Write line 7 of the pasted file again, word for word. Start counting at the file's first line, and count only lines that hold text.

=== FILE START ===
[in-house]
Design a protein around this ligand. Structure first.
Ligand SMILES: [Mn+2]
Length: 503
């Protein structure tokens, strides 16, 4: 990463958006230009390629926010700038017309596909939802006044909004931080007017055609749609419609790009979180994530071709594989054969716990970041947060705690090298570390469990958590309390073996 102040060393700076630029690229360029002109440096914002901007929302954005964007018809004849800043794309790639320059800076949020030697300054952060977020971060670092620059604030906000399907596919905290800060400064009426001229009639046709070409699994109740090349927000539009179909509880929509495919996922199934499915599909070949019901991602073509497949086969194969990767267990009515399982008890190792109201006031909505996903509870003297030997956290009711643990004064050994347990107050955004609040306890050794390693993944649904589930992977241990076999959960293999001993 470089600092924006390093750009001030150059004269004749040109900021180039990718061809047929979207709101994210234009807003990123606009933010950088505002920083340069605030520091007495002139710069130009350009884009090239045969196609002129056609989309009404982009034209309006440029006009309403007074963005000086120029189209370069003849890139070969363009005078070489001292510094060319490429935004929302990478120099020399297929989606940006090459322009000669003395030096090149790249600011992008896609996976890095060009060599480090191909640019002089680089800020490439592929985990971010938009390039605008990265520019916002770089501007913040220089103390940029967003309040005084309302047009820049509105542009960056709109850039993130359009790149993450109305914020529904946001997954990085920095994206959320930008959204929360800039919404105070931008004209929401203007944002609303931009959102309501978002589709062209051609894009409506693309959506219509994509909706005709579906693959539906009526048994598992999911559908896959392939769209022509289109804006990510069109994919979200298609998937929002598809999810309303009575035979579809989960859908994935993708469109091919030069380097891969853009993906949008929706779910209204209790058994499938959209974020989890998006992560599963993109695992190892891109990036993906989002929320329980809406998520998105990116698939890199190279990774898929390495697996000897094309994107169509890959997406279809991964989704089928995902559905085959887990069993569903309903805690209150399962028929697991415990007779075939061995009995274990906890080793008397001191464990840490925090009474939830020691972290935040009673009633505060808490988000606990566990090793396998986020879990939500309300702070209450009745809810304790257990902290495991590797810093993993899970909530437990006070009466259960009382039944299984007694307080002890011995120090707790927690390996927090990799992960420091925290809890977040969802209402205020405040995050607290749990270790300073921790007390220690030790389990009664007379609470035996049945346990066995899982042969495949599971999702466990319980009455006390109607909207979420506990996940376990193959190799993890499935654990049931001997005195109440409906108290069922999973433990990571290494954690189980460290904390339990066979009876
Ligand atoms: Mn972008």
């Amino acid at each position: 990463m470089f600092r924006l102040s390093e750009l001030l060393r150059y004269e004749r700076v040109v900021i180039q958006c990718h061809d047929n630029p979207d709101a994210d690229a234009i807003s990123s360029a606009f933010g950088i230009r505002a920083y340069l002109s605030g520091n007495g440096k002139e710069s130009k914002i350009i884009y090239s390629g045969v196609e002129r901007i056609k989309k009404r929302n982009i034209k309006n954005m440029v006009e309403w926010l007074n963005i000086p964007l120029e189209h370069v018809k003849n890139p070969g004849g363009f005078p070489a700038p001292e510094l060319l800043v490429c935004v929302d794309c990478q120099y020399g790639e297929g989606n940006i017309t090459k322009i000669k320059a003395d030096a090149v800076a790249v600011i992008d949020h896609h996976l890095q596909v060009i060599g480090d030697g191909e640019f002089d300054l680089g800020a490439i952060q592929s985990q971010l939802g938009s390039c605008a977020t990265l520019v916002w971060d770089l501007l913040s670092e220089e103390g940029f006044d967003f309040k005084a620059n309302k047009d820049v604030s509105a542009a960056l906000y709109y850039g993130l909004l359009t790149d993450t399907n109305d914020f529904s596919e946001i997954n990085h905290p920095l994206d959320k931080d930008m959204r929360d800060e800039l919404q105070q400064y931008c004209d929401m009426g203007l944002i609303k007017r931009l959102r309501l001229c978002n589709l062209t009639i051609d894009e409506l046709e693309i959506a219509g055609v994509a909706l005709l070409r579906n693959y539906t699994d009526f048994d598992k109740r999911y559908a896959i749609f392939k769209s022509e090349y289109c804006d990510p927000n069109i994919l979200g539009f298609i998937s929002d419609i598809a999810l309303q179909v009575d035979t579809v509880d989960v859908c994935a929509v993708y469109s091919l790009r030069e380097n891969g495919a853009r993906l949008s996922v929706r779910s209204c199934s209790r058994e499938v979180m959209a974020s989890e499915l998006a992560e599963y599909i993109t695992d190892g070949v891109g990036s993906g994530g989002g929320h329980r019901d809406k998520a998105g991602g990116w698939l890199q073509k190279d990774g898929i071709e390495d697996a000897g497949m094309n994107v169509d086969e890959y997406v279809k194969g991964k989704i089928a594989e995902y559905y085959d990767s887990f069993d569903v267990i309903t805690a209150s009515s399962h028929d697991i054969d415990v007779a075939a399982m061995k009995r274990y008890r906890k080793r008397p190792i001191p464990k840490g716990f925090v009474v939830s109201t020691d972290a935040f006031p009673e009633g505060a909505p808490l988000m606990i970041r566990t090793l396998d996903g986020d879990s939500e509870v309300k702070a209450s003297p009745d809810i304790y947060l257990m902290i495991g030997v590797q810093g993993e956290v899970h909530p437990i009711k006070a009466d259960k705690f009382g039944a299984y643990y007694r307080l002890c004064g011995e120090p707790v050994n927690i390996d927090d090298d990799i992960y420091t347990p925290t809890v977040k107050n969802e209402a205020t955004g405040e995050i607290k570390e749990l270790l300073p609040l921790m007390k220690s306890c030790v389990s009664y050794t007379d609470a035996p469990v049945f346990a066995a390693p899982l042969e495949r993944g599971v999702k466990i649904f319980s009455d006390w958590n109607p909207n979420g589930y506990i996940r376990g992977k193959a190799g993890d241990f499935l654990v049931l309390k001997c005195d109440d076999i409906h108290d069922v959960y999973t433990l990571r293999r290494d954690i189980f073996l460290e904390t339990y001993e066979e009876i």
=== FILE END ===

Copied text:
């Amino acid at each position: 990463m470089f600092r924006l102040s390093e750009l001030l060393r150059y004269e004749r700076v040109v900021i180039q958006c990718h061809d047929n630029p979207d709101a994210d690229a234009i807003s990123s360029a606009f933010g950088i230009r505002a920083y340069l002109s605030g520091n007495g440096k002139e710069s130009k914002i350009i884009y090239s390629g045969v196609e002129r901007i056609k989309k009404r929302n982009i034209k309006n954005m440029v006009e309403w926010l007074n963005i000086p964007l120029e189209h370069v018809k003849n890139p070969g004849g363009f005078p070489a700038p001292e510094l060319l800043v490429c935004v929302d794309c990478q120099y020399g790639e297929g989606n940006i017309t090459k322009i000669k320059a003395d030096a090149v800076a790249v600011i992008d949020h896609h996976l890095q596909v060009i060599g480090d030697g191909e640019f002089d300054l680089g800020a490439i952060q592929s985990q971010l939802g938009s390039c605008a977020t990265l520019v916002w971060d770089l501007l913040s670092e220089e103390g940029f006044d967003f309040k005084a620059n309302k047009d820049v604030s509105a542009a960056l906000y709109y850039g993130l909004l359009t790149d993450t399907n109305d914020f529904s596919e946001i997954n990085h905290p920095l994206d959320k931080d930008m959204r929360d800060e800039l919404q105070q400064y931008c004209d929401m009426g203007l944002i609303k007017r931009l959102r309501l001229c978002n589709l062209t009639i051609d894009e409506l046709e693309i959506a219509g055609v994509a909706l005709l070409r579906n693959y539906t699994d009526f048994d598992k109740r999911y559908a896959i749609f392939k769209s022509e090349y289109c804006d990510p927000n069109i994919l979200g539009f298609i998937s929002d419609i598809a999810l309303q179909v009575d035979t579809v509880d989960v859908c994935a929509v993708y469109s091919l790009r030069e380097n891969g495919a853009r993906l949008s996922v929706r779910s209204c199934s209790r058994e499938v979180m959209a974020s989890e499915l998006a992560e599963y599909i993109t695992d190892g070949v891109g990036s993906g994530g989002g929320h329980r019901d809406k998520a998105g991602g990116w698939l890199q073509k190279d990774g898929i071709e390495d697996a000897g497949m094309n994107v169509d086969e890959y997406v279809k194969g991964k989704i089928a594989e995902y559905y085959d990767s887990f069993d569903v267990i309903t805690a209150s009515s399962h028929d697991i054969d415990v007779a075939a399982m061995k009995r274990y008890r906890k080793r008397p190792i001191p464990k840490g716990f925090v009474v939830s109201t020691d972290a935040f006031p009673e009633g505060a909505p808490l988000m606990i970041r566990t090793l396998d996903g986020d879990s939500e509870v309300k702070a209450s003297p009745d809810i304790y947060l257990m902290i495991g030997v590797q810093g993993e956290v899970h909530p437990i009711k006070a009466d259960k705690f009382g039944a299984y643990y007694r307080l002890c004064g011995e120090p707790v050994n927690i390996d927090d090298d990799i992960y420091t347990p925290t809890v977040k107050n969802e209402a205020t955004g405040e995050i607290k570390e749990l270790l300073p609040l921790m007390k220690s306890c030790v389990s009664y050794t007379d609470a035996p469990v049945f346990a066995a390693p899982l042969e495949r993944g599971v999702k466990i649904f319980s009455d006390w958590n109607p909207n979420g589930y506990i996940r376990g992977k193959a190799g993890d241990f499935l654990v049931l309390k001997c005195d109440d076999i409906h108290d069922v959960y999973t433990l990571r293999r290494d954690i189980f073996l460290e904390t339990y001993e066979e009876i």